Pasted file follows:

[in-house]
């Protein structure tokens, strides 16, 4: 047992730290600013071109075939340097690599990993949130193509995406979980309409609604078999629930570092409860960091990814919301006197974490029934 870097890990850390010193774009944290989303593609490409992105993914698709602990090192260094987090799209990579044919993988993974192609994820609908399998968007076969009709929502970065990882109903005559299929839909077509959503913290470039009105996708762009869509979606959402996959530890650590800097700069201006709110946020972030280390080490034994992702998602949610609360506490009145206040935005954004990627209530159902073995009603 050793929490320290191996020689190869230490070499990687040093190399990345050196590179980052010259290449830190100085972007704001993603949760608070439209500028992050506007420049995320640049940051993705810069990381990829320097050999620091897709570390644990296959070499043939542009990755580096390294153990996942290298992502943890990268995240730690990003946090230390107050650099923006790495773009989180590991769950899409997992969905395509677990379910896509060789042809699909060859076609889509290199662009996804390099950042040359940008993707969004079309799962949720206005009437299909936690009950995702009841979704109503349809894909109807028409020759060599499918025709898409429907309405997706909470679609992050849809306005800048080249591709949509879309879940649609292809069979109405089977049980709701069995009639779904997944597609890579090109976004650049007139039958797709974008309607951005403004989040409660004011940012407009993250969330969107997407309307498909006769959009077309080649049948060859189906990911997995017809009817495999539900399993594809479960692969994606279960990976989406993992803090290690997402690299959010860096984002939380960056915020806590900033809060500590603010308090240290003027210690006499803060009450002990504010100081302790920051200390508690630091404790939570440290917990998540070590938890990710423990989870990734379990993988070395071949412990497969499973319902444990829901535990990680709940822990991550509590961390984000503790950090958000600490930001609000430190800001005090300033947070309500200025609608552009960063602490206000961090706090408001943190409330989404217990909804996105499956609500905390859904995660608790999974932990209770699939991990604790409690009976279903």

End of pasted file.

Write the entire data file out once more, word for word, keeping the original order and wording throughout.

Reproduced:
[in-house]
């Protein structure tokens, strides 16, 4: 047992730290600013071109075939340097690599990993949130193509995406979980309409609604078999629930570092409860960091990814919301006197974490029934 870097890990850390010193774009944290989303593609490409992105993914698709602990090192260094987090799209990579044919993988993974192609994820609908399998968007076969009709929502970065990882109903005559299929839909077509959503913290470039009105996708762009869509979606959402996959530890650590800097700069201006709110946020972030280390080490034994992702998602949610609360506490009145206040935005954004990627209530159902073995009603 050793929490320290191996020689190869230490070499990687040093190399990345050196590179980052010259290449830190100085972007704001993603949760608070439209500028992050506007420049995320640049940051993705810069990381990829320097050999620091897709570390644990296959070499043939542009990755580096390294153990996942290298992502943890990268995240730690990003946090230390107050650099923006790495773009989180590991769950899409997992969905395509677990379910896509060789042809699909060859076609889509290199662009996804390099950042040359940008993707969004079309799962949720206005009437299909936690009950995702009841979704109503349809894909109807028409020759060599499918025709898409429907309405997706909470679609992050849809306005800048080249591709949509879309879940649609292809069979109405089977049980709701069995009639779904997944597609890579090109976004650049007139039958797709974008309607951005403004989040409660004011940012407009993250969330969107997407309307498909006769959009077309080649049948060859189906990911997995017809009817495999539900399993594809479960692969994606279960990976989406993992803090290690997402690299959010860096984002939380960056915020806590900033809060500590603010308090240290003027210690006499803060009450002990504010100081302790920051200390508690630091404790939570440290917990998540070590938890990710423990989870990734379990993988070395071949412990497969499973319902444990829901535990990680709940822990991550509590961390984000503790950090958000600490930001609000430190800001005090300033947070309500200025609608552009960063602490206000961090706090408001943190409330989404217990909804996105499956609500905390859904995660608790999974932990209770699939991990604790409690009976279903």